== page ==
• Increase digital competences on each level in the sector and attract digitally skilled people to the sector. Integrate life-long learning and retraining as evident (everywhere: in the construction companies, in schools and universities (in all courses, not only one “digitalization course”). Besides conscientizing all actors, this includes as well organizing specific networks, BIM/digital competence levels, Supporting tools & demonstration centers inc.
  • Supporting tools & demonstration centers – focusing on SME’s - together with local, pragmatic work is needed to attain all subsectors. SME’s need simple tools, local training and up-skilling programs based on current good practices. Industry clusters can stimulate BIM, solve problems, inform, network and generate opportunities (protocols, BEP, …).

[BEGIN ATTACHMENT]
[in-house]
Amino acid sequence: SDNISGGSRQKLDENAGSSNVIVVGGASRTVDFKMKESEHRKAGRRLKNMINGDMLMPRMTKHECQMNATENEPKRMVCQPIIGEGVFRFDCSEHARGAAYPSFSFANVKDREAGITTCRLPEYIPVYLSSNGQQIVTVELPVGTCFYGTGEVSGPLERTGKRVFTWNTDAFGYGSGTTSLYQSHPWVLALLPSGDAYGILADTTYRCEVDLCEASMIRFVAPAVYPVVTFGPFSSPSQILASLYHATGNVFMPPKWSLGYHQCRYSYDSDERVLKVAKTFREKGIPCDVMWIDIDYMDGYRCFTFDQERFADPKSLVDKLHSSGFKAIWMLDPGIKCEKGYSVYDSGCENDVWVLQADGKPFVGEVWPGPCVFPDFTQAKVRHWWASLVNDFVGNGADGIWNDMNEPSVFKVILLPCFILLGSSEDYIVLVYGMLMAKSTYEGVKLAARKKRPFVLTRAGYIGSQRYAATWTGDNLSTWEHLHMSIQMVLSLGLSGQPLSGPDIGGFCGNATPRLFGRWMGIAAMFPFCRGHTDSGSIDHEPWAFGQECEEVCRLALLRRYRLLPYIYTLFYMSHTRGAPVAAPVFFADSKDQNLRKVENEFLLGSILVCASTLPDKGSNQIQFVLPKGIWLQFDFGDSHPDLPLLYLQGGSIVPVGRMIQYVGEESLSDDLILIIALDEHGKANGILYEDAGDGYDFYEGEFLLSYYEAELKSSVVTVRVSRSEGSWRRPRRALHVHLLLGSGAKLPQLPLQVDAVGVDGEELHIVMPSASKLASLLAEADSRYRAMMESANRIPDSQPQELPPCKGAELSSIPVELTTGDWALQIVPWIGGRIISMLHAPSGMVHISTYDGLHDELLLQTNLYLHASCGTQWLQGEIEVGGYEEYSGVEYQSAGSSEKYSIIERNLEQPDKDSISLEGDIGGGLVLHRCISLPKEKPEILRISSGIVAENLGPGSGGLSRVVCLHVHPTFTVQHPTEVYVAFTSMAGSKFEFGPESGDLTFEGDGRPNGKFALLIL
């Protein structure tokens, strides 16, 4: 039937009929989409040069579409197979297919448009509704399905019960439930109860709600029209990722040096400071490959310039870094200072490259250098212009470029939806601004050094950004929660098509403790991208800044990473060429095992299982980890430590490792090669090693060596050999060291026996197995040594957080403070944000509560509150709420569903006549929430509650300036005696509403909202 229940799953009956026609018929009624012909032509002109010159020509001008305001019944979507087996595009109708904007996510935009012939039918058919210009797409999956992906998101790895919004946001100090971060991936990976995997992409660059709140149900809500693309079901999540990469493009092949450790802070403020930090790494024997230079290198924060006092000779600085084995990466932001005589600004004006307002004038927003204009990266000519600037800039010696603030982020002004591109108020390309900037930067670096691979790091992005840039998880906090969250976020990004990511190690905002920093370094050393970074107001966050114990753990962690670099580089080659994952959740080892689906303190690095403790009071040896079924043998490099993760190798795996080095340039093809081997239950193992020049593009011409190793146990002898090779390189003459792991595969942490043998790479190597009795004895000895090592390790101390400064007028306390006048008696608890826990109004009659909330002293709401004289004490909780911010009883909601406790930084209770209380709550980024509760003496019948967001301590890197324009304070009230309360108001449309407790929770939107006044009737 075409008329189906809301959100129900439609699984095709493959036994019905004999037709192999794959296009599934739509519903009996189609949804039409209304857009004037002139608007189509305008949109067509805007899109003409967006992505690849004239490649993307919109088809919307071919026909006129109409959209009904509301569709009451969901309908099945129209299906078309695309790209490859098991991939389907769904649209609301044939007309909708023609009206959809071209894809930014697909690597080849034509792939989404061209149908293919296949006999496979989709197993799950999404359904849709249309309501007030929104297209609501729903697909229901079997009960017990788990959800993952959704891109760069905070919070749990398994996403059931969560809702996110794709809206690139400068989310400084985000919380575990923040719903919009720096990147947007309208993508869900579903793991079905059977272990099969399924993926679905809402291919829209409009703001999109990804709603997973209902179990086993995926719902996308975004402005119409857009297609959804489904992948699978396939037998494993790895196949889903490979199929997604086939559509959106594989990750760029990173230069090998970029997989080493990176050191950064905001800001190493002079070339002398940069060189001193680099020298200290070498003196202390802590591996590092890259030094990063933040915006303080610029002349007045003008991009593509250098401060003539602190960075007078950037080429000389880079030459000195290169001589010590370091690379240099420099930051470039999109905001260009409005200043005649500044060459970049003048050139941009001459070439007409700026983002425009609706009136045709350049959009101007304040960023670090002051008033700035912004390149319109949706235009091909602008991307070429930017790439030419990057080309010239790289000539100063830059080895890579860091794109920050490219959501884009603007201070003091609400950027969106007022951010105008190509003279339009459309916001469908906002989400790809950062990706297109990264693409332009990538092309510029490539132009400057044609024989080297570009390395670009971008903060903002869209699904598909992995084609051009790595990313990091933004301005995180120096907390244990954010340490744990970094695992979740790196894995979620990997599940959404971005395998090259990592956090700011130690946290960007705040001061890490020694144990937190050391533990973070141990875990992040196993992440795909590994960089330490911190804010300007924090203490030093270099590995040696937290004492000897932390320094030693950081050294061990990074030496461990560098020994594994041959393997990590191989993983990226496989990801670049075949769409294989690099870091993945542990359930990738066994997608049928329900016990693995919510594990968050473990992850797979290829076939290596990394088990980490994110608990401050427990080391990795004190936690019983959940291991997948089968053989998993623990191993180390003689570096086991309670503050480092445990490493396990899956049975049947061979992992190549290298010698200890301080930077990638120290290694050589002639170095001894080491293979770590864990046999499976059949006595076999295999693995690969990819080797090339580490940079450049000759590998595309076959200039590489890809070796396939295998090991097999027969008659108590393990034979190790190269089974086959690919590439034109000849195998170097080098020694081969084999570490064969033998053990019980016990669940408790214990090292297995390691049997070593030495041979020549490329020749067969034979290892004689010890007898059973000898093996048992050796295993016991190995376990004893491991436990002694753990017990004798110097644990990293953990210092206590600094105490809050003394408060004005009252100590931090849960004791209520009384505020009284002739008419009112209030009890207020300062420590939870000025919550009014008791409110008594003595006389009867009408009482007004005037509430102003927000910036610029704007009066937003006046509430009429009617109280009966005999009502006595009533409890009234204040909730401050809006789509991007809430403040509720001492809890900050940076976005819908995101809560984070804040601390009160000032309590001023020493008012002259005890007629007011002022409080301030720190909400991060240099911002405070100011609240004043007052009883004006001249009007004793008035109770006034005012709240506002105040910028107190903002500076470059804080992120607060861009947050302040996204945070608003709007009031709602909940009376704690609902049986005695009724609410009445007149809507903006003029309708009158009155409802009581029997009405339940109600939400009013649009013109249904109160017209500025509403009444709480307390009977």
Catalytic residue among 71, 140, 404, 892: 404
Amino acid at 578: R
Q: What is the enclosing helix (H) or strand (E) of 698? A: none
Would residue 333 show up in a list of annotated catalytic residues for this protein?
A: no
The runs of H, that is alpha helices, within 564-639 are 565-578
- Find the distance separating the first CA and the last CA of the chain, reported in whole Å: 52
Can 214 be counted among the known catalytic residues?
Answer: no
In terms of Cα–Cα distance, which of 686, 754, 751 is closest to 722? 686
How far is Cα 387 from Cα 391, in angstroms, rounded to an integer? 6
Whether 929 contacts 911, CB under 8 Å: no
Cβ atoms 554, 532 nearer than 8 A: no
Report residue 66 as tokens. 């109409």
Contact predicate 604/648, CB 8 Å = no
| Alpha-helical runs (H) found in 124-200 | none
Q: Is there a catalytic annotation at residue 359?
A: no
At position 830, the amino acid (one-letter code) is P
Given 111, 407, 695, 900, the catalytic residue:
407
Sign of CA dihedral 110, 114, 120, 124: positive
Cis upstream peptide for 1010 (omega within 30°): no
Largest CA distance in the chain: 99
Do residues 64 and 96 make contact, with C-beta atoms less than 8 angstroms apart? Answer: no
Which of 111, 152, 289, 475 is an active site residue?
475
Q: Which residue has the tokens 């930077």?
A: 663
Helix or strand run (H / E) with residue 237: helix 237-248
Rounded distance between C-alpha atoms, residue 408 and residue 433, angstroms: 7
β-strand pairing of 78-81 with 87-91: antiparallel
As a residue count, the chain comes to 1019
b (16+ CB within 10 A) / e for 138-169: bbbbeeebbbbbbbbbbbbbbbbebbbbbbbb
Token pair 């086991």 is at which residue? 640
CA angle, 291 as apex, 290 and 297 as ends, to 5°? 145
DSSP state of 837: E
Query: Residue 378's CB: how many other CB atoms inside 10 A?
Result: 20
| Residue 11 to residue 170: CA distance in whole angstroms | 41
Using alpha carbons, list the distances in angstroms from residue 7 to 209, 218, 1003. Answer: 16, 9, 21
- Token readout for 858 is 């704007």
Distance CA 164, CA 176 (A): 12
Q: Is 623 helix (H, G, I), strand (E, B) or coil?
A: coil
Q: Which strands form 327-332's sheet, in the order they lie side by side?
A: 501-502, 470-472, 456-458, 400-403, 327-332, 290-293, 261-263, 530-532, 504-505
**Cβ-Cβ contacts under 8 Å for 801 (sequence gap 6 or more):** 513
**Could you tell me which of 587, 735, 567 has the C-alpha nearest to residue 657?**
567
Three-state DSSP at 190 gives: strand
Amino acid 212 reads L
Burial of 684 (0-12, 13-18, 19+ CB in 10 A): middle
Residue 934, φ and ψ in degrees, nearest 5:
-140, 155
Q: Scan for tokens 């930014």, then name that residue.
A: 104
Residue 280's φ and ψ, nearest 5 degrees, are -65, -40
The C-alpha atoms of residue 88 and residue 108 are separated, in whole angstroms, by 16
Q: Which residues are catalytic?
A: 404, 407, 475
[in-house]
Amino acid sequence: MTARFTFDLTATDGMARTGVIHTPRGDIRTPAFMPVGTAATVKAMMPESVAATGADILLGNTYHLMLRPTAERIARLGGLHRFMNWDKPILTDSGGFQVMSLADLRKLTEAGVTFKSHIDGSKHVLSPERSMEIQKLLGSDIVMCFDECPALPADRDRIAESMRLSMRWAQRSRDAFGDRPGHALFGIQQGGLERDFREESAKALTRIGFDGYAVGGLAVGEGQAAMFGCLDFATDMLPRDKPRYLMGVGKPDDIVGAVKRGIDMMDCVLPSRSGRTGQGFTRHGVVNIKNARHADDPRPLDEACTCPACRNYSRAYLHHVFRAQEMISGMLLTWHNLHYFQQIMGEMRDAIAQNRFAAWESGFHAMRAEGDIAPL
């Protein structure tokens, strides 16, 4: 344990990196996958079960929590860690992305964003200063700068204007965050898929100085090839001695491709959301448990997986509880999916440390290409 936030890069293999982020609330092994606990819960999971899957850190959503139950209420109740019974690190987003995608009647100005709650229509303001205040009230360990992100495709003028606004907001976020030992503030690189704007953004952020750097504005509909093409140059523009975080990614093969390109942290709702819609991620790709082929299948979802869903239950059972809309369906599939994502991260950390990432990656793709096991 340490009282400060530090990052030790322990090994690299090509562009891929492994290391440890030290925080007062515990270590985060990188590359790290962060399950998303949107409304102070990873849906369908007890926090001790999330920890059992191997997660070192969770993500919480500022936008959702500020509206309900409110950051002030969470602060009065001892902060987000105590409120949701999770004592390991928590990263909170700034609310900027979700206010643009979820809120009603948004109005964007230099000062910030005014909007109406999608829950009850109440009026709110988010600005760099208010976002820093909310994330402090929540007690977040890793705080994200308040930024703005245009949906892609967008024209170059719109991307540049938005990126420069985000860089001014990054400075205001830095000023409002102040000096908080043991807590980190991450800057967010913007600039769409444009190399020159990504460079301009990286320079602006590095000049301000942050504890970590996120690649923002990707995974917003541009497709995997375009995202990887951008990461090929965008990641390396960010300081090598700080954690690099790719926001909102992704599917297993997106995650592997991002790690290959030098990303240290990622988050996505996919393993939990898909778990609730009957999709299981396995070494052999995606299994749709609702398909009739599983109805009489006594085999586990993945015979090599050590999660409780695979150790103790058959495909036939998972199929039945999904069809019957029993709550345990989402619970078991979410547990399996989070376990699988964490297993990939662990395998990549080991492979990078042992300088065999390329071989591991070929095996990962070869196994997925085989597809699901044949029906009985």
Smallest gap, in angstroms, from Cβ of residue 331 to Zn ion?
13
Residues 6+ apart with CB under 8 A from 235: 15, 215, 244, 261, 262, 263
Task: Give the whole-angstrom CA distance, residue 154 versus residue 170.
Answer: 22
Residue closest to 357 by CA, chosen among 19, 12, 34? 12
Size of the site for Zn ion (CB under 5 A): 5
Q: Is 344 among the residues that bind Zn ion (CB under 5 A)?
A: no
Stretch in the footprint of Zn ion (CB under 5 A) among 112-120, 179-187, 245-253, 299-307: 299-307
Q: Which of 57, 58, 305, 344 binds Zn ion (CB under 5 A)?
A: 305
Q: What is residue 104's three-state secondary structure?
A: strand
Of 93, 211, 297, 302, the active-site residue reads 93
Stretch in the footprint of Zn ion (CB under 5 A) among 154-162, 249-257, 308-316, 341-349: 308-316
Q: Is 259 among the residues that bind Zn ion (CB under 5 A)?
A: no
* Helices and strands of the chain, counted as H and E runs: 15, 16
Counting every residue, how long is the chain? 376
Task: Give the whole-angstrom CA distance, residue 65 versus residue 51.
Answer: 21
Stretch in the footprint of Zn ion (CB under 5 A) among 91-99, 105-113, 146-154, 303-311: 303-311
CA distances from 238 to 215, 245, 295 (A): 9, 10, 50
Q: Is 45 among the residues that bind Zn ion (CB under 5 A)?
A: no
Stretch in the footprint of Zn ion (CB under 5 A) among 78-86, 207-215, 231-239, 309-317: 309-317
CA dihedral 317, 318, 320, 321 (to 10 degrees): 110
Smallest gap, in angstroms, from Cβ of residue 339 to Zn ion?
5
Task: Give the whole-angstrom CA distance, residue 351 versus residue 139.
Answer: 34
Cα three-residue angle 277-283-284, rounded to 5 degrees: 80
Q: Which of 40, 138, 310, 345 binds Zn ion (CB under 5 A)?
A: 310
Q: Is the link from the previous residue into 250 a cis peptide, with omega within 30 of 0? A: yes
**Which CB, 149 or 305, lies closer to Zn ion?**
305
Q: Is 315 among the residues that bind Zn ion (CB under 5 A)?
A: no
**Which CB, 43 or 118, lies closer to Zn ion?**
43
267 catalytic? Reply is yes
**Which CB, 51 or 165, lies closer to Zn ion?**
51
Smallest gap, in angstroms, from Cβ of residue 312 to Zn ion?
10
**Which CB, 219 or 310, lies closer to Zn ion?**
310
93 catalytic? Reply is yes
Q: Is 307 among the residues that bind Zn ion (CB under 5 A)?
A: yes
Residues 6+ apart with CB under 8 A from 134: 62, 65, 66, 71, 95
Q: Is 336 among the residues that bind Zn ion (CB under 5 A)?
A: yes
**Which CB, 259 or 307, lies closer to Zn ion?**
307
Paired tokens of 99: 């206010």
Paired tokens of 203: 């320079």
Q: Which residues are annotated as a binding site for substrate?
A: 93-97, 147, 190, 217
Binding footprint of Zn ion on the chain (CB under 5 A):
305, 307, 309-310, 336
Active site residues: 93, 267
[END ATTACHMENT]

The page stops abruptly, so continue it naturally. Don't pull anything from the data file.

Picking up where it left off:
The Refererence Architecture Framework provides a set of common guidelines for building and deploying interoperable digital platforms for the construction sector across Europe.

A first ambition is to improve the common understanding of the ongoing evolutions related to digital platforms, by identifying the relevant references and putting into a structured vision.

Beyond this, the framework identifies the gaps in this current landscape, and the actions to be carried out to fill them in order to support the objectives identified by stakeholders, with a particular focus on the required public initiatives and platforms.


  • Life cycle assessment, convergence between BIM and environmental impact assessment
  • Support the widespread use of LEVEL(s) framework
  • Circular economy
  • Sharing of best practices and of environnemental performance data
  • Improve EU-wide access to public construction-related data
  • Create the conditions and governance for large scale sharing of private data
  • Leverage existing or developing frameworks (e.g. LEVEL(s), building logbooks)